By Submitted Story on June 25, 2018
You may have heard the term “dementia-friendly community.” If not, you probably will soon because the Healthy Carolinians of the Outer Banks (HCOB) Dementia Task Force is leading a growing effort that encourages local businesses and organizations to become dementia friendly.
Why? Because people with dementia and their caregivers have very special needs, and according to the World Health Organization, more than 50 million people worldwide live with this syndrome — a number that is expected to increase to 75 million by 2030.
Often there is confusion about the difference between dementia and aging forgetfulness. Aging happens to everyone; dementia does not. Aging is a natural and expected aspect of human life; dementia is a disease. Forgetfulness can make retaining new information frustrating at times, but new information can be retained. In contrast, a person with dementia will eventually be unable to retain new information. There are many different types of dementia, one of which is Alzheimer’s.
A lack of awareness and understanding of dementia can result in barriers to diagnosis and proper care. As part of the Dementia Task Force initiative, The Outer Banks Hospital became the first local organization to create a dementia-friendly environment, and the first hospital in the state of North Carolina to be designated “dementia friendly.”
A dementia-friendly hospital provides an environment where patients with dementia are valued and respected, where the changes in the person are noticed, and where they and their caregivers are understood and accepted.
“Included in the journey to becoming dementia friendly was educating every staff member who would come in contact with a cognitive disorder patient about that individual’s special needs,” said Lisa McGaha, director, inpatient services. “That includes everyone from our clinical staff to our admissions and environmental services teams to our volunteers.”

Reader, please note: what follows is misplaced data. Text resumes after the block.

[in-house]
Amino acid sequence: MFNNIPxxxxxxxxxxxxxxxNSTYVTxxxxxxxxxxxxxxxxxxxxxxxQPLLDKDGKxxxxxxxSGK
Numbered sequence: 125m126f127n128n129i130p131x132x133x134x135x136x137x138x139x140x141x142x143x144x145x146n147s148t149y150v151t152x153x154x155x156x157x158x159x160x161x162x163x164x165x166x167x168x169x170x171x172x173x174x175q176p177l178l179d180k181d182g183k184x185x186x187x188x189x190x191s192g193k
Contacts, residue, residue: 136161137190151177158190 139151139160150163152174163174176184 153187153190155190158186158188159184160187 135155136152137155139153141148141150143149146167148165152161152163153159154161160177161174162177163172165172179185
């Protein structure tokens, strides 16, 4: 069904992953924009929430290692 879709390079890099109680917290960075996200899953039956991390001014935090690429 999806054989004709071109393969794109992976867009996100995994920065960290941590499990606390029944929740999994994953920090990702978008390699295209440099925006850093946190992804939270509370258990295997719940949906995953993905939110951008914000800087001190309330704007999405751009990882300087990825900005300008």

She added, “It’s heartwarming to see how team members have embraced the training and have made it a part of our culture here at OBH.”
Additionally, the hospital now has a team of 11 companion volunteers who visit and care for patients with dementia.
“We want families and caregivers to know that they have a resource and are not alone,” said Jan Collins, Dementia-friendly Task Force member and the first dementia-friendly volunteer companion at OBH.
The dementia-friendly designation is one that the hospital is pioneering and sharing with other health systems across the country. “We are happy to go first and lead the way for other local organizations and businesses. We hope others will join us,” emphasized Marcia Bryant, the hospital’s chief nursing officer.
Building on the hospital’s efforts, the task force has made it a goal to increase community awareness and understanding of dementia and actually create one of the first dementia-friendly communities in North Carolina. That requires looking at its shops, restaurants, markets, and streets through the eyes of a person with dementia, then doing everything possible to make it a place where those with dementia can continue to live as independently as possible.
Developed by the Dementia Task Force, The Purple Seahorse has become the identifier for dementia-friendly organizations and businesses. When the symbol is displayed, it indicates that the business or organization has undergone training to learn how to identify someone with dementia so that they can make the experience in their environment one that is sensitive to the needs of that person and the caregiver(s).
Task force members train restaurant staff on site. Currently, there are 13 restaurants on the Outer Banks that are designated dementia friendly, and word is spreading fast. In fact, the North Carolina Restaurant & Lodging Association contacted Dianne Denny, chair of the Dementia Task Force, to inquire whether the training could be placed online so that restaurants statewide could access it. Denny also noted that the task force is getting ready to do training at Walgreens, the State Employees’ Credit Union, and Southern Bank here in Dare County.
“We had big dreams when we began the task force five years ago, and the community has been instrumental in achieving a lot of those dreams,” said Denny. “We still have a lot to do, but it’s amazing how far we’ve come.”
For more information about the Dementia Task Force and about becoming a dementia-friendly business or organization, visit https://www.obxDementiaTaskForce.com.